Since a brother noder has been covering these political events for the Republican side (there being none of interest on the Democratic side), it seems fair to step in and give some notice to the oft-overlooked Libertarian nomination contest. And, really, it is not shaping up to be a 'contest,' which is probably a good thing for the party, which doesn't even get much attention when the matter is bitterly contested and comes down to multiple votes at the convention (yes Libertarians have a nominating convention). This year is a bit different from many previous years, when the Libertarian Party has either nominated a complete political outsider who would be dismissed as a gadfly in either party, or a relatively low echelon politico, a mayor or a relatively back-bench member of Congress. Perhaps the two most noted figures in this stretch have been now-perennial Republican candidate Ron Paul, who was the Libertarian nominee 20+ years ago, and the last cycle's nominee Bob Barr, likely most famous for leading the Republican side of the Clinton impeachment fight. Barr's candidacy, incidentally, recieved more votes than any Libertarian candidate had gotten since 1980, being the first candidate in that stretch to break half a million. Yes, paltry compared to the total vote count, but an interesting auger at a time when social media was only beginning to change the shape of Presidential elections.

So, onward to Florida, where just a few days after the 2012 Florida Republican Primary produced a comparatively modest victory for then-front runner Mitt Romney (but who now trails Rick Santorum in the national polls, and falls even further behind Santorum when put against Barack Obama), the Libertarian Party had a vote with a very different sort of outcome -- a clear winner, a single candidate with unquestionable momentum.  Now before I seem to be making too much of an 'overwhelming victory' in the Florida Straw Poll, I must make clear that this was a poll of the comparatively small number of Libertarians who made it to the convention, for which a rather steep premium was assessed to those who wished the privilege of voting there. But this event is yet likely reflective of the strength of the winning candidate's argument for the nomination, and given his past political success (and the utterly insipid choice which voters are faced with between the heretofore major parties), a more formidable general election experience than anybody might be prepared for. So without further ado, the winning candidate, with 64% of the vote, was Gary Johnson. Who happens to be the highest ranking and most accomplished public official ever to take up the Libertarian mantle, and one who has taken it up with gusto. Johnson is a former two term Republican Governor of New Mexico, from 1995 to 2003 -- and history teaches that America likes to pick its presidents from Senators and Governors -- and indeed, Johnson has more executive office experience than any Republican candidate left in that race, has had significant business success to boot. He balanced his state's budget, cutting both taxes and spending while improving public services, was one of the highest ranking public officials to advocate the legalization of marijuana while in office (with a plan to shift drug use from criminal to health policy which met with applause from a broad political spectrum) and just to throw it out there for kicks, he runs marathons and once climbed Mount Everest.  Yeah, that Gary Johnson.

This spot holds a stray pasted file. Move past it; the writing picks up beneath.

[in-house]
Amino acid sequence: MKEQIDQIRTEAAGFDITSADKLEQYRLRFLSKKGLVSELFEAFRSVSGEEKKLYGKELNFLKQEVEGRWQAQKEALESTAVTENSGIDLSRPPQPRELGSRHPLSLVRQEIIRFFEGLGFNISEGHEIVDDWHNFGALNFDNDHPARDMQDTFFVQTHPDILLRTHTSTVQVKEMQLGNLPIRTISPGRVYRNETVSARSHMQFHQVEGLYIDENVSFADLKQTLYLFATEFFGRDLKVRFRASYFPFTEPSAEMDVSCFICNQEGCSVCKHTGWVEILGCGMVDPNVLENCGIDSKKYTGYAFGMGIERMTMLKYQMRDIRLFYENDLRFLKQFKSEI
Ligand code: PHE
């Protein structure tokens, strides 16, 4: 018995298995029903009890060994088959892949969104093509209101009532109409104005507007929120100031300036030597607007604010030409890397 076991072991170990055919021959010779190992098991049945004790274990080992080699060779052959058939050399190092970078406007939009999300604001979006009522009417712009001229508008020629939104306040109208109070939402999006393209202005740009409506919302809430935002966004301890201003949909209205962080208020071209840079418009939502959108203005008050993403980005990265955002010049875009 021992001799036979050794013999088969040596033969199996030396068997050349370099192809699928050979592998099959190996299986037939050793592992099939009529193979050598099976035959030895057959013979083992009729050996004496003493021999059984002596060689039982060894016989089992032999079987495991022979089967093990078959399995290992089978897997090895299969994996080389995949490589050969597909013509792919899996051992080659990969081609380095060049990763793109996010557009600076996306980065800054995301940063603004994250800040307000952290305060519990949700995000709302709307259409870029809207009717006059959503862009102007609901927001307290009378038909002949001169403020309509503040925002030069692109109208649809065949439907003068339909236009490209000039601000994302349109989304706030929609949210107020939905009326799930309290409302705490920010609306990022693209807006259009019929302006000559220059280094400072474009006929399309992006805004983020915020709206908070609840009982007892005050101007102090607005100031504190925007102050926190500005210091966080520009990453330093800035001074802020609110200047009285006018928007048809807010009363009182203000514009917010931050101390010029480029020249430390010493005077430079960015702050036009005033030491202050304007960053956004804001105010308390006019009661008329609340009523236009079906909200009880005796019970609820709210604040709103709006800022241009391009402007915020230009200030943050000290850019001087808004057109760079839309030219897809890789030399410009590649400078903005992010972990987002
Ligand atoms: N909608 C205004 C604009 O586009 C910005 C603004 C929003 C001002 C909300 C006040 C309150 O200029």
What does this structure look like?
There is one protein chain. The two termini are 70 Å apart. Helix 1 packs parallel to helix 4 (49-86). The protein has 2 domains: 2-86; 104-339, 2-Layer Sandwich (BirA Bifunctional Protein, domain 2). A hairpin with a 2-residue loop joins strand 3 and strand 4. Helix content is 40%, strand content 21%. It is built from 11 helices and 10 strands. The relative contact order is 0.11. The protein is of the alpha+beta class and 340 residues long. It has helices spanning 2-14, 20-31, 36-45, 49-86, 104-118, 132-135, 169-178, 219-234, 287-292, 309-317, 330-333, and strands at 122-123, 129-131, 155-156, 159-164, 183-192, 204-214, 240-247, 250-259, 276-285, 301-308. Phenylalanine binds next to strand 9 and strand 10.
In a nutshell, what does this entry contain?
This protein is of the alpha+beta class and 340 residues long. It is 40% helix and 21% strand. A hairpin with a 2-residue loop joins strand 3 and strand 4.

So though it got virtually no media coverage, the candidacy -- and likely nomination -- of Gary Johnson as the Libertarian presidential nominee is beginning to light the embers of real change in the two party duopoly which has for so long inflicted itself upon the American voter.



>- Former New Mexico Gov. Gary Johnson, ex-Republican, wins Libertarian straw poll in Florida -- MSNBC

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